Bulletin of Symbolic Logic 3 (3):281-311 (1997)

Authors
Akihiro Kanamori
Boston University
Abstract
Set theory, it has been contended, developed from its beginnings through a progression ofmathematicalmoves, despite being intertwined with pronounced metaphysical attitudes and exaggerated foundational claims that have been held on its behalf. In this paper, the seminal results of set theory are woven together in terms of a unifying mathematical motif, one whose transmutations serve to illuminate the historical development of the subject. The motif is foreshadowed in Cantor's diagonal proof, and emerges in the interstices of the inclusion vs. membership distinction, a distinction only clarified at the turn of this century, remarkable though this may seem. Russell runs with this distinction, but is quickly caught on the horns of his well-known paradox, an early expression of our motif. The motif becomes fully manifest through the study of functionsof the power set of a set into the set in the fundamental work of Zermelo on set theory. His first proof in 1904 of his Well-Ordering Theoremis a central articulation containing much of what would become familiar in the subsequent development of set theory. Afterwards, the motif is cast by Kuratowski as a fixed point theorem, one subsequently abstracted to partial orders by Bourbaki in connection with Zorn's Lemma. Migrating beyond set theory, that generalization becomes cited as the strongest of fixed point theorems useful in computer science.Section 1 describes the emergence of our guiding motif as a line of development from Cantor's diagonal proof to Russell's Paradox, fueled by the clarification of the inclusion vs. membership distinction. Section 2 engages the motif as fully participating in Zermelo's work on the Well-Ordering Theorem and as newly informing on Cantor's basic result that there is no bijection. Then Section 3 describes in connection with Zorn's Lemma the transformation of the motif into an abstract fixed point theorem, one accorded significance in computer science.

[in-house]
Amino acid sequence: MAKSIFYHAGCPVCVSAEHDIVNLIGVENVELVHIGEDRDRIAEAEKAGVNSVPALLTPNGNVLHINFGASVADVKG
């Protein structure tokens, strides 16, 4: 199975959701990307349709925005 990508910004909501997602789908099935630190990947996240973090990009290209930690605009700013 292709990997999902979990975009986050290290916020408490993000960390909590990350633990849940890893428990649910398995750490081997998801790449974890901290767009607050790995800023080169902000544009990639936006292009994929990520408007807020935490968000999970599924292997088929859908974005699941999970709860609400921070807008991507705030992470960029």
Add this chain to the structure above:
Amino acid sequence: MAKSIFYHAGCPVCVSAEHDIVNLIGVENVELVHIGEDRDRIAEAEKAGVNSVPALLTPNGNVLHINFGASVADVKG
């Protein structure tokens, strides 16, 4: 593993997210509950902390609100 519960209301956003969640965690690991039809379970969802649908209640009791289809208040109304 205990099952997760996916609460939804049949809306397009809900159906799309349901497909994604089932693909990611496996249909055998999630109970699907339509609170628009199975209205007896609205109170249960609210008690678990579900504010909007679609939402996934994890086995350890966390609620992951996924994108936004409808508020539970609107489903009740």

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DOI 10.2307/421146
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References found in this work BETA

Principia Mathematica.A. N. Whitehead & B. Russell - 1927 - Erkenntnis 2 (1):73-75.
On Notation for Ordinal Numbers.S. C. Kleene - 1938 - Journal of Symbolic Logic 3 (4):150-155.
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Citations of this work BETA

Closed Structure.Peter Fritz, Harvey Lederman & Gabriel Uzquiano - forthcoming - Journal of Philosophical Logic:1-43.
Empiricism, Scientific Change and Mathematical Change.Otávio Bueno - 2000 - Studies in History and Philosophy of Science Part A 31 (2):269-296.
Mathematical Knowledge : Motley and Complexity of Proof.Akihiro Kanamori - 2013 - Annals of the Japan Association for Philosophy of Science 21:21-35.
Paolo Mancosu.*Abstraction and Infinity. [REVIEW]Roy T. Cook & Michael Calasso - 2019 - Philosophia Mathematica 27 (1):125-152.

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